How to tell which one is best for your child? Or just mainstreaming with some supports is the right choice?
Look at your child. Isaac is my best example, so I will talk about him. He started in typical kindergarten with an aide. The aide was slated to last for only 8weeks to help with the transition. The kindergarten teacher was not receptive to having a special needs child in her classroom. She actually panicked a bit. Not a good sign. Meet the kindie teacher - how open is she/he to having your child in class? Do they ask questions about your child? Ask for suggestions on how to help and motivate your child? What are their experiences with children with different needs? Trust our gut. I didn't, and it was not good. Even with the aide, by Christmas Vacation, it was falling apart. Isaac just could not keep up with his peers. It was causing anxiety. He did get some wonderful things from it - his speech improved, he was able to keep up with math and sight reading, but at one point he was just struggling too much. He had a panic attack and we removed him from the class. It was the constant low-level of anxiety over months (he never said that he hated school or anyone in it) building up and finally, collapse. And it was serious - it took us over a year to recover from it. We lost time in school because of our own need for him to be as typical as possible.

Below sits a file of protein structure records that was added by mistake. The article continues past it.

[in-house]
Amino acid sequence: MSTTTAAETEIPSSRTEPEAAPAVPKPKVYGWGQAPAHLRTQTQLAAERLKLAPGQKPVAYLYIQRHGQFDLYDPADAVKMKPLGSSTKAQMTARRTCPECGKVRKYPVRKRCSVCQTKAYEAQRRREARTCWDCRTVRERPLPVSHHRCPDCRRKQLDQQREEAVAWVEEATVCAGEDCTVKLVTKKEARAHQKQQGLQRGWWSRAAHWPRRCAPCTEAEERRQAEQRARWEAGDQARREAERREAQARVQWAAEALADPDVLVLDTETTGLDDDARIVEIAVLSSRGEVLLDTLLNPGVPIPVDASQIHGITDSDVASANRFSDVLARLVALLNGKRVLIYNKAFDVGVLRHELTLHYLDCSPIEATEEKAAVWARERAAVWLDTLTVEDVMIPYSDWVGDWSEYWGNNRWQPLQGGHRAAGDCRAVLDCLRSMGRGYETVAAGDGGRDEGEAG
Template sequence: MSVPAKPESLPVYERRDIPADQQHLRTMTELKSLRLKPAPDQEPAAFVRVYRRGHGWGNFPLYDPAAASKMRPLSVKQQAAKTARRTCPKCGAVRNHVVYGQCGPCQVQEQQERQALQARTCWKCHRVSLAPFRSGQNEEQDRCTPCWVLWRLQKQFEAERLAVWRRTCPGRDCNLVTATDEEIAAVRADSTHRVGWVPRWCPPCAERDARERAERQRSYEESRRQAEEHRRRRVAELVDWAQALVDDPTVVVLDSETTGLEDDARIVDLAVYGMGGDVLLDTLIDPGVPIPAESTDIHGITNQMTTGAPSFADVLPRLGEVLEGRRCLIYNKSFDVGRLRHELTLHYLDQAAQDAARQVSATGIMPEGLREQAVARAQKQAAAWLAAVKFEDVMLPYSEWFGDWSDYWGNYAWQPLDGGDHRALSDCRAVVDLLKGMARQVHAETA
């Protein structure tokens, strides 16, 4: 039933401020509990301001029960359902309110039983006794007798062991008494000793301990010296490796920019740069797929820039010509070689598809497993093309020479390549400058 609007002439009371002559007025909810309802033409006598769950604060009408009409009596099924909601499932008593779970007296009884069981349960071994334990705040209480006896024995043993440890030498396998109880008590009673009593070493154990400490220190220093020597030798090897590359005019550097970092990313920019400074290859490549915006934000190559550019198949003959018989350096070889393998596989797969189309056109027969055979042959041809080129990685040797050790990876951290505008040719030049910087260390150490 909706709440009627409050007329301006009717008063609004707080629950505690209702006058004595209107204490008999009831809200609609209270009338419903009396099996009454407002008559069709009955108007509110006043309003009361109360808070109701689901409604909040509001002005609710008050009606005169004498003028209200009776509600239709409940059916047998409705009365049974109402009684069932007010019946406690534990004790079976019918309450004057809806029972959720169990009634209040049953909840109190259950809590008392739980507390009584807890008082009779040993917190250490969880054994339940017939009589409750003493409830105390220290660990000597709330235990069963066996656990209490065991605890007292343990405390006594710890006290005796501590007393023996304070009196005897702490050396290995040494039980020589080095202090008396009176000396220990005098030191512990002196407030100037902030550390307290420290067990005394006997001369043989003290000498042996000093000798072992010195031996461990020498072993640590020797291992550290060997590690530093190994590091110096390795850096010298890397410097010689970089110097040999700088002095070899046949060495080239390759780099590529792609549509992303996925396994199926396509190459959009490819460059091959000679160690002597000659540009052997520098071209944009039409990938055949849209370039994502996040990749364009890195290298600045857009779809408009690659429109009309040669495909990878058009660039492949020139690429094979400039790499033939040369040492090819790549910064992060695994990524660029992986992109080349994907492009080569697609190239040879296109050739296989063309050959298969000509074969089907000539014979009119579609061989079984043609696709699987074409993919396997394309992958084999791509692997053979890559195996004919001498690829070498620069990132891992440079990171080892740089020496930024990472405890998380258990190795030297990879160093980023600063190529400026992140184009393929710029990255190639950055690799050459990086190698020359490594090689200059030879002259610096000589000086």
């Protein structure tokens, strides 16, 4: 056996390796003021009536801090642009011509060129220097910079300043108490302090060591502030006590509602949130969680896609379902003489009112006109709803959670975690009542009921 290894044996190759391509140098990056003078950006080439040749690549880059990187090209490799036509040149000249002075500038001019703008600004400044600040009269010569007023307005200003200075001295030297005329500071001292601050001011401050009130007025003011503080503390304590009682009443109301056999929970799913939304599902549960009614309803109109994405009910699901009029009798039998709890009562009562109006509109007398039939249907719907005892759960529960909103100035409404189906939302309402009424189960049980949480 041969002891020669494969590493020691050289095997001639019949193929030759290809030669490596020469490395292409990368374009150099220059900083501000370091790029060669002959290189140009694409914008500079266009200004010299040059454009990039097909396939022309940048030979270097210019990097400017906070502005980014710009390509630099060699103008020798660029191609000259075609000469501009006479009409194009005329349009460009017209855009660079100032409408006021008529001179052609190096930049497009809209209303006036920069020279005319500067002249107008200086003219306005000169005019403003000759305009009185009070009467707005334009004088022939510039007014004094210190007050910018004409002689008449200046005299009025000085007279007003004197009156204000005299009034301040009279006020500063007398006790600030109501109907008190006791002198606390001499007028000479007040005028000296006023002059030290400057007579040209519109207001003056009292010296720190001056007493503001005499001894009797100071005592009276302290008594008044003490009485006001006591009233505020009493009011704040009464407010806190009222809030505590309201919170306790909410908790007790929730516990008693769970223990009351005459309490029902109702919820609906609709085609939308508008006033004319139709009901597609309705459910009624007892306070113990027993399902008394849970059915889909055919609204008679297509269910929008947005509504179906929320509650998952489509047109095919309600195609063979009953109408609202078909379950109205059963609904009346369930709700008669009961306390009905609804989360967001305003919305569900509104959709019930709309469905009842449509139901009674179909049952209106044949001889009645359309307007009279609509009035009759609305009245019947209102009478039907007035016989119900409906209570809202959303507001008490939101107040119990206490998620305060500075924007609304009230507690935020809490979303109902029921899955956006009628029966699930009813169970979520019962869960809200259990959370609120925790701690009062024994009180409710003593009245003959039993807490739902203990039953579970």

Roseway, and the not-quite-Academic CB program was next. It was ok at first, because he was in recovery mode and learning to handle himself in a classroom again. But after a few months, cracks were beginning to show there too. Some were unrelated to the actual program itself (part of that year-long recovery), but because the class was not academic and the teacher was too inexperienced to understand that Isaac was detaching out of boredom, not inability, the teacher added to his IEP that she thought he might be showing signs of depression (?!?!?), and mild retardation (not her word, but that was what she was suggesting). He was not being challenged, so he spent a lot of time on the computer and looking at books. I am noting this because when we pulled him from Roseway, the home school teacher and then the staff at Pioneer were very confused on why he was assessed as behind and depressed, when he was actually able to work at grade level or better. It was the wrong environment again, and he suffered from it.
So here we are again. Olivia is entering K in the fall. The PPS rep observing her asked what WE saw her doing next year. I immediately took mainstreaming off the table. I am no longer stuck on the glories of mainstreaming in the beginning. I already know she is not as up to speed as her peers, and do not need to make her feel even more so. This PPS rep knows our struggles with Isaac, and so agreed with me. She is starting in the CB class next door to Isaac's for Kindie, with some mainstream time with her typical peers. She will be fully supported as she catches up. And then she will re-take kindergarten fully mainstreamed the following year. This has been proposed by the PPS rep, so will see if it is accepted. Or, if that doesn't look likely to succeed, she will continue in the CB classroom with some mainstreaming time increasing as the year progresses.
We have a saying in my household: It is a marathon, not a race, and we will get there in the end at our own pace and taking our own route. But we will get there.
Our expectations for our kids shifted the day the received their diagnosis. But not our dreams for them.